April 01, 2010
Remember when Javon Walker(notes) signed that huge six-year, $55 million deal with the Raiders? And then, immediately afterward, he sort of disappeared and the Raiders got almost no return on their investment?
Well, that wasn't lost on Javon Walker. In an interview with TheFootballGirl.com, Walker said he offered the Raiders a full refund on the money they gave him. Quoth Javon:
"Everybody knows how Al Davis is. What people and fans don't realize is when I did sign that contract, I offered to give it back. So that's the thing people need to realize and need to hear is that I don't take money just to take it. [...] When I was in Oakland, I offered to give that money back, and they said 'no.' "
That's a bold gesture from Javon, if indeed it did happen. As far as the Raiders turning it down, of course they would — as would any other NFL team. No one wants to admit they made a huge mistake like that, and then draw attention to it by accepting charity from a failed player.
And besides, if everyone the Raiders have ever overpaid offered to give the money back, Al Davis himself would immediately become the world's biggest economy, and our entire financial system would be thrown into chaos.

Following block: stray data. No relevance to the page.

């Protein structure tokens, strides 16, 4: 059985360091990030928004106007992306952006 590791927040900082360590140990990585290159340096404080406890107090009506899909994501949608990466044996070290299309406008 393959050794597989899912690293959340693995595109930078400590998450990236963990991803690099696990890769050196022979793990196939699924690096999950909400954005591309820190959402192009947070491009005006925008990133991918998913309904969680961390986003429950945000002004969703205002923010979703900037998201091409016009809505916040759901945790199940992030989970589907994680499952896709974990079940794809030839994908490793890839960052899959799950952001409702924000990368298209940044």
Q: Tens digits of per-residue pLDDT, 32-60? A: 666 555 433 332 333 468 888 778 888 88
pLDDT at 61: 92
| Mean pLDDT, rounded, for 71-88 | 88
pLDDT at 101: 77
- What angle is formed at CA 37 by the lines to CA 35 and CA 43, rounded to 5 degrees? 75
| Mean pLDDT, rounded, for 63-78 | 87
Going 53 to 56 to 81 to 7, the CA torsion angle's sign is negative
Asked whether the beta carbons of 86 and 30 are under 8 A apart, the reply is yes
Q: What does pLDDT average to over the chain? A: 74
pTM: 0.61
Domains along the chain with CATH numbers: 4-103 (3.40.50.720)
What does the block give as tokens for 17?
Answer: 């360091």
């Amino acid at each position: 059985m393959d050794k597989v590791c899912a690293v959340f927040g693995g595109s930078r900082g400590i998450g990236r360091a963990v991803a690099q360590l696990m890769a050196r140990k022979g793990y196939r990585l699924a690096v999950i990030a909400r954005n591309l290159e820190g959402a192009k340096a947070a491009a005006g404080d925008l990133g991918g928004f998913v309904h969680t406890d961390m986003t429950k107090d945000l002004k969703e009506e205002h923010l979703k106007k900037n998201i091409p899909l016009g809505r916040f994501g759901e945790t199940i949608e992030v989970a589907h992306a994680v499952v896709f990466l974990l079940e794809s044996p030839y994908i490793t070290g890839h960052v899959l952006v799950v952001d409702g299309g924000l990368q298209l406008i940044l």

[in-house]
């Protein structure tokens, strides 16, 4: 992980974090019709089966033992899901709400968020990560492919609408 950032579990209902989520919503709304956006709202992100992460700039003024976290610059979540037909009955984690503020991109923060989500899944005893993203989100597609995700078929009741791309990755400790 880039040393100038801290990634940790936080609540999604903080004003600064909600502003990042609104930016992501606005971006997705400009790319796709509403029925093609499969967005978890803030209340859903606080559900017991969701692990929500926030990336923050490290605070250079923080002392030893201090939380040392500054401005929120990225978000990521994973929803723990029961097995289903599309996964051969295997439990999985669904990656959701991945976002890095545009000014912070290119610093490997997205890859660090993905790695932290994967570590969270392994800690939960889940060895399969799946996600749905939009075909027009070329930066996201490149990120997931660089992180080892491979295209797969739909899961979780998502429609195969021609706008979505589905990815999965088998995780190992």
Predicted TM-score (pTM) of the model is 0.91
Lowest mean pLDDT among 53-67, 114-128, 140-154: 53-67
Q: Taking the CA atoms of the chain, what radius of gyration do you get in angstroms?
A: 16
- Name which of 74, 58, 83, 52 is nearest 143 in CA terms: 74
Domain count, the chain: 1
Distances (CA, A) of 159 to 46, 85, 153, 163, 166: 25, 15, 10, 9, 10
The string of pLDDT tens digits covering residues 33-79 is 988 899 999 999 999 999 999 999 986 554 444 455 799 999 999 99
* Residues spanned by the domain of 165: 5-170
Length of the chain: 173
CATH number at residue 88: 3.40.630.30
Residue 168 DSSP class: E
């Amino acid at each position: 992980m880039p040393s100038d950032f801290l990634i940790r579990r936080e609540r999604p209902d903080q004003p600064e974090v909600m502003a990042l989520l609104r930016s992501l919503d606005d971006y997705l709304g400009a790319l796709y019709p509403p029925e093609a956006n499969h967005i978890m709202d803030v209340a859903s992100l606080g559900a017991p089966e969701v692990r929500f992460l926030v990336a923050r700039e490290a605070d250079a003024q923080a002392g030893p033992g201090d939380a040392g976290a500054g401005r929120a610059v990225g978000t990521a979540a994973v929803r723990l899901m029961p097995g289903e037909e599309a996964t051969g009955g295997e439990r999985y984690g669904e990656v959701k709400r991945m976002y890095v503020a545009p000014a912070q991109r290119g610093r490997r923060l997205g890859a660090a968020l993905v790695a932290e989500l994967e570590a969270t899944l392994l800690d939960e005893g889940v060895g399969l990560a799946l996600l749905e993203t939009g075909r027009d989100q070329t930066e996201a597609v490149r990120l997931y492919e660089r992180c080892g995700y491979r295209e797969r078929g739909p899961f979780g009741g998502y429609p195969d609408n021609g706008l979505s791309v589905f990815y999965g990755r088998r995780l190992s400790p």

So, Javon, what went wrong in Oakland?
"It just wasn't the right situation for me. I'm thinking I'll be able to come in, play the game, help the organization win, but it's an organization that's going through some rebuilding and some trials and tribulations. When I was in Denver, I performed, When I was in Green Bay, I performed. So now that I'm in Oakland, I can't perform? Like all the sudden, my talents were just taken away from me? [...] I never really got an opportunity. I never got a fair chance. [...] I'm not the first athlete who went into Oakland, and all of the sudden, it looked like his talent had disappeared."
I guess he's got a point there.
Walker then goes on to say he'll play for the league minimum in 2010, and that he's going to give some lucky team a very productive year. I admire his optimism.
But at the same time, it seems a little too convenient to blame everything on the Raiders. How often does a wide receiver have three non-productive years in a row, then come back and set the league on fire? That's just not something that happens. I'd love to be wrong, and for Walker to come out in 2010 and have a huge year, but that it's not something I'd bet on.
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